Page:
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In his aliment

Published 14 August 1994
Style Magazine
59th article

Happily incarcerated in quality: Michael Winner at Claridge's (Terry O'Neill)

Far and away the greatest value in London is Sunday lunch at Claridge's for £26, including Vat and service. Please don't go there, I can't stand crowds. The room is fantastic, like a vast, 1930s ocean liner. The service is first-rate to historic. Only once did it fail and thus I invented the Winner napkin-wave.

The atmosphere is of another time and place. I started with grilled Pacific prawns with tomato that was blanched, peeled and baked with olive oil, garlic and herbs, and fennel braised with olive oil, Pernod, garlic and seasoning. This was a taste experience. More than I got at The Waterside Inn, which has three stars to Claridge's none. Indeed, it's very fashionable to knock Claridge's.

You could have roast beef and Yorkshire pudding, a lesson in how to do them well; or their chicken pie, which is exceptional. I went off the set menu and had veal escalope Holstein with fried egg and anchovies difficult to do, unavailable in most places, and superb. Then I had the best pommes souffle I've ever eaten, deliciously crisp little "paper-bags" of potatoes, and a wonderfully smooth spinach puree. I grabbed a bit of Vanessa's specially roasted chicken mmmm! The desserts are masterful. They used to have two dessert trolleys, elegantly propelled by dark-suited waiters, one for fruit and one for cakes and mousses. Then they trimmed them down to one. I was dining with Sir Hugh Wontner, then top man at Claridge's, at the Lord Mayor's house (Oh, how I used to get around!) and I complained bitterly. Sir Hugh reinstated the two trolleys, but he went and they've reduced them to one again. However, my strawberry millefeuille was mind-blowing; the tiramisu surprisingly magnificent and the petits fours delicious. This place gets hardly any praise and it is extraordinary. Real food that looks and tastes like real food; that's rare. And on weekdays you get a Hungarian string quartet playing in knee breeches. As long as Claridge's remains unchanged, one area of the world is incarcerated in quality.

The Cartier Polo with its lunch and tea is a bit of a throwback, now glittered up with pop stars and what have you. I complained bitterly about the tea last year, but Anton Mosimann has bucked it up. This time it was more like a classical English tea, the scones were edible and the cakes not tiptop but good. But why, still, no sandwiches or swiss rolls? The English do few things to perfection, but tea is one of them. We don't need it "nouvelling up" at all, thank you. But what about the Cartier map you got to show you how to get there? Everyone was rightly hysterical about it! The worst. I have never seen such a ludicrous map in years of doing them for film locations and general travel. If Cartier made their jewellery the way they made their map they'd be out of business in 38 seconds. They do a lovely day out, but please fire the cartographer.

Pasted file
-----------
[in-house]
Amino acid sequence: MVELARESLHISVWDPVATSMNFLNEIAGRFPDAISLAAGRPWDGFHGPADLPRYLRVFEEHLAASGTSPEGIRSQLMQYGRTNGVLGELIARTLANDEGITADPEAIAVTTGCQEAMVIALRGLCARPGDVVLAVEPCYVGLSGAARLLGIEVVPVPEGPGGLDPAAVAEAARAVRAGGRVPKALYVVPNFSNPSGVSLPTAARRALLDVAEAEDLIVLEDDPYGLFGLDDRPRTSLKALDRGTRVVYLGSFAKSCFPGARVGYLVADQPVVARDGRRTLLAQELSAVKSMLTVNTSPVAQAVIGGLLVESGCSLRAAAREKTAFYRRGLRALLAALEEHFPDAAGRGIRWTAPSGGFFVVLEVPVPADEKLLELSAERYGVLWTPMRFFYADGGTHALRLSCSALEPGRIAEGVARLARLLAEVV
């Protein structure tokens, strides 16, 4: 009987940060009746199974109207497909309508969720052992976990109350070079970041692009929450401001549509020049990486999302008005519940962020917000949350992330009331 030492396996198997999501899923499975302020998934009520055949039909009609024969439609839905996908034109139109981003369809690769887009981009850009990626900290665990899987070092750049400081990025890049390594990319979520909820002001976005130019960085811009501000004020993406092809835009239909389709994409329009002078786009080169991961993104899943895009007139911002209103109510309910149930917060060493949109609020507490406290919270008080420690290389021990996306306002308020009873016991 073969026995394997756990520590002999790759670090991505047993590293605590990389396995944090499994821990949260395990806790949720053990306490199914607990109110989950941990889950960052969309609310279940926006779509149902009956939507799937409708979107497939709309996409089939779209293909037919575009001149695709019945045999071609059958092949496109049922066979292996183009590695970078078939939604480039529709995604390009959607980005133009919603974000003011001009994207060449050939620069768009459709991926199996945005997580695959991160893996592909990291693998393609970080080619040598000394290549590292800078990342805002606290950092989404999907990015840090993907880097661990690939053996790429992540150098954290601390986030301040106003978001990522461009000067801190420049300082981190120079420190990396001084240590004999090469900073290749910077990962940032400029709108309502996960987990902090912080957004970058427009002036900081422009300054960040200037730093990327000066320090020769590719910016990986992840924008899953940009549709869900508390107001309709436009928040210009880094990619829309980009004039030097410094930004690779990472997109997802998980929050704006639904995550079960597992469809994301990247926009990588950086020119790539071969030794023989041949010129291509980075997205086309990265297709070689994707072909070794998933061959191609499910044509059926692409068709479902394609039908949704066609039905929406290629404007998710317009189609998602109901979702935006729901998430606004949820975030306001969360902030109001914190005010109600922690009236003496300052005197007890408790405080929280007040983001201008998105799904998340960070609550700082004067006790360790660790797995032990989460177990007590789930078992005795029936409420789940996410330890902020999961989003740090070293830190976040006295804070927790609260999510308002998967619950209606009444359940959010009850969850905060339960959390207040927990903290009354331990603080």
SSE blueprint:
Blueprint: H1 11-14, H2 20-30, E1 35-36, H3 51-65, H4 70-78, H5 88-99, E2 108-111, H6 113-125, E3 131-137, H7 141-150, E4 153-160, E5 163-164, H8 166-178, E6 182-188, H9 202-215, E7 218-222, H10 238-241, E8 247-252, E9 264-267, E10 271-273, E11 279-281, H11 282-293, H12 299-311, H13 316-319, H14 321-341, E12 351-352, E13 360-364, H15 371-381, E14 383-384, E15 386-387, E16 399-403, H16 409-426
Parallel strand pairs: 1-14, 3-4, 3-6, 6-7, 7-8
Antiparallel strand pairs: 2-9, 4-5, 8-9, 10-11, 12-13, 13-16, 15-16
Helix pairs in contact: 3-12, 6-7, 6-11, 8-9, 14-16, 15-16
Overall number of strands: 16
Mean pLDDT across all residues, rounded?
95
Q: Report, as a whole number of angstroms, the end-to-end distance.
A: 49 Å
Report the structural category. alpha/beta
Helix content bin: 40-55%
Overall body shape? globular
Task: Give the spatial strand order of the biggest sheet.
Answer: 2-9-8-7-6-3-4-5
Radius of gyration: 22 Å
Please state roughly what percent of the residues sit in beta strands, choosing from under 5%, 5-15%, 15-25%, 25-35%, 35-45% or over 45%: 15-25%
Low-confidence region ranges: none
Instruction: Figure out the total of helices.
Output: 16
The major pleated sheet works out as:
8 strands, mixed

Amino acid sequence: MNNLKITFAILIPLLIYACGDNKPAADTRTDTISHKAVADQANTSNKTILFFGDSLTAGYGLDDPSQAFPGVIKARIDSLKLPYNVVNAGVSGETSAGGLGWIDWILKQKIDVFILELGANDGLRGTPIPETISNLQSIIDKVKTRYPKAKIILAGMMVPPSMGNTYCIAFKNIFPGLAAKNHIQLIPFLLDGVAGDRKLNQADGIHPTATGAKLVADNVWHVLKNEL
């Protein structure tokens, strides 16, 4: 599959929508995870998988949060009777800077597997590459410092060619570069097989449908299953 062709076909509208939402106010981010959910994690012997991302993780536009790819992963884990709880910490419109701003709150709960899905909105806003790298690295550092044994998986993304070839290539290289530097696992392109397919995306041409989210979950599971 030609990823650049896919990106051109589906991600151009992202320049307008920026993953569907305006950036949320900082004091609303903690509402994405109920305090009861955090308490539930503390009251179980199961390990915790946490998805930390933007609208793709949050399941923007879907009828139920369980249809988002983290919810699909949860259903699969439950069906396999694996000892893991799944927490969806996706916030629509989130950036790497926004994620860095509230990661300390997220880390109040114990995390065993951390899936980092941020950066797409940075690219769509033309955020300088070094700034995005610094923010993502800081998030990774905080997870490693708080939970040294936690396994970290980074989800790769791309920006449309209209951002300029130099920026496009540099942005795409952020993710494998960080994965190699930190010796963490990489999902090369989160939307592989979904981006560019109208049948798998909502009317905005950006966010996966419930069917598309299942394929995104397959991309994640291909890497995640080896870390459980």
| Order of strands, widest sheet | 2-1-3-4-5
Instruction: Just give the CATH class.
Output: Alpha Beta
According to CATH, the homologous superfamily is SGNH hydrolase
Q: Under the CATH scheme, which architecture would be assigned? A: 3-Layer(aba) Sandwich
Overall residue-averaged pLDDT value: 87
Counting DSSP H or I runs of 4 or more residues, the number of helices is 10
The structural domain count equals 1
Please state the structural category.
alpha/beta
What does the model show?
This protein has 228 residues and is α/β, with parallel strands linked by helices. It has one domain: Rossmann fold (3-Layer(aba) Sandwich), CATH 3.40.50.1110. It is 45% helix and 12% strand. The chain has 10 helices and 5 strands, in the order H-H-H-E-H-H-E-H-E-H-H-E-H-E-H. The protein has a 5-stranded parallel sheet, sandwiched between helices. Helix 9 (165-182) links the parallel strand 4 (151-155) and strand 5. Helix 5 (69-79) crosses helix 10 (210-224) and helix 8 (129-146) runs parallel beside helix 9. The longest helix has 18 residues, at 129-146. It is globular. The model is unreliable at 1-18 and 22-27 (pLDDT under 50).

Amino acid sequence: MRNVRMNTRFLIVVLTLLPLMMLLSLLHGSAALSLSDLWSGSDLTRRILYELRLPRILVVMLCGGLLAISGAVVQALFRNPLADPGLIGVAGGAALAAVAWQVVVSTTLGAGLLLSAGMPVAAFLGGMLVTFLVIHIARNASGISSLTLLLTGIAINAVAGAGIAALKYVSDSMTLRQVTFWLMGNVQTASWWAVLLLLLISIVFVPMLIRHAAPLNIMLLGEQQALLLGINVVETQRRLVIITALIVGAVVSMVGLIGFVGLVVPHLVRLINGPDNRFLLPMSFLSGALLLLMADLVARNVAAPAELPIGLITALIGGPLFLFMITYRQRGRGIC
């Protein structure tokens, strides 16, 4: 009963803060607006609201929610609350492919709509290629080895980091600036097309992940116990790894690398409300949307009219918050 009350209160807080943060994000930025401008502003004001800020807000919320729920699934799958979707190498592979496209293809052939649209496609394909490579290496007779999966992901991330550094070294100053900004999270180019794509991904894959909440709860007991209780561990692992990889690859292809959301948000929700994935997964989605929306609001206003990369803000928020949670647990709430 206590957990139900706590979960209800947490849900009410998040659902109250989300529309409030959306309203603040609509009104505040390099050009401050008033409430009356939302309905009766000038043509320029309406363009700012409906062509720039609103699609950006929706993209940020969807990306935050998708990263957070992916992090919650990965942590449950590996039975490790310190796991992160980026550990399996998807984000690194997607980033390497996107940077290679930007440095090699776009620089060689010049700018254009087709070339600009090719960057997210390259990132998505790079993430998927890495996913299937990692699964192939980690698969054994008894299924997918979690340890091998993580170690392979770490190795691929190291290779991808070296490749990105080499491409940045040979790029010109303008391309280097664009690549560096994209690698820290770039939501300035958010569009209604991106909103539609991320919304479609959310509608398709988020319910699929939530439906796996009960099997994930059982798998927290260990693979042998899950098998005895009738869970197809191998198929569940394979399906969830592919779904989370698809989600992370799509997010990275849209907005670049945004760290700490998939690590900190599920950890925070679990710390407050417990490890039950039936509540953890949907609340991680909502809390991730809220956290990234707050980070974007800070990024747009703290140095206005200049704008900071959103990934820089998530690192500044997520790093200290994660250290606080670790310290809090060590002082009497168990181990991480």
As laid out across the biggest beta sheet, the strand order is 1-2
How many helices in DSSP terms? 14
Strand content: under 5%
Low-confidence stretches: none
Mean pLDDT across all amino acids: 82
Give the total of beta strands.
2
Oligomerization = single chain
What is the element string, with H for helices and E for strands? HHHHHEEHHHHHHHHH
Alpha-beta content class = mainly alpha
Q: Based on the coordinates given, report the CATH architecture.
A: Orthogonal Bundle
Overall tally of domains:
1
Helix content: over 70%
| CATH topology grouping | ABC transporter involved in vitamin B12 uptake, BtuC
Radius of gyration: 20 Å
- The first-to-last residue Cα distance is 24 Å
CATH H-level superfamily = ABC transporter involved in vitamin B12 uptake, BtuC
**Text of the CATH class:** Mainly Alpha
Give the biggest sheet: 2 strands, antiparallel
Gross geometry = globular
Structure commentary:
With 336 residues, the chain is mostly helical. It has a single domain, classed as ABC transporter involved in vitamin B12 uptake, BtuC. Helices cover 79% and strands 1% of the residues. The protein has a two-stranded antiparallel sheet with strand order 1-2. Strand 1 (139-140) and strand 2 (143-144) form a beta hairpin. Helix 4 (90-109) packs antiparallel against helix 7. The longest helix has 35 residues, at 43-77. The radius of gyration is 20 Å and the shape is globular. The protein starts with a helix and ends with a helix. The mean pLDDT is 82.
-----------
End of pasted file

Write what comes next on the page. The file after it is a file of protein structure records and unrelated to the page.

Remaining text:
I'm definitely getting odder. I not only walk around restaurants endlessly deciding which table I shall sit at, but now, if I don't like the exact position, I pick the table up and move it! I did this to the amazement of staff at the Chinese restaurant Kai Of Mayfair the other night. A party of 10 at the next table had not yet arrived, nor could they by the time I'd finished, they had to go elsewhere! They've poshed up Kai a bit too much, and what is an English harpist doing plonking away in a Chinese restaurant? Couldn't they have Chinese plonking? But the food is very good indeed.

A place that thankfully stays the same is Chez Moi in Kensington. I move tables there, too. It's a 1950s atmosphere but chic in an old-fashioned way. You expect to see the young Princess Margaret at the next table. They have a dessert called a Final D'or. It's a pancake filled with Philadelphia cheese, yoghurt, almond liqueur from Portugal, lemon peel and orange peel, with a maple syrup sauce around it. Sounds absolutely revolting, doesn't it? But it's one of my all-time favourites. A psychiatrist could make something of that.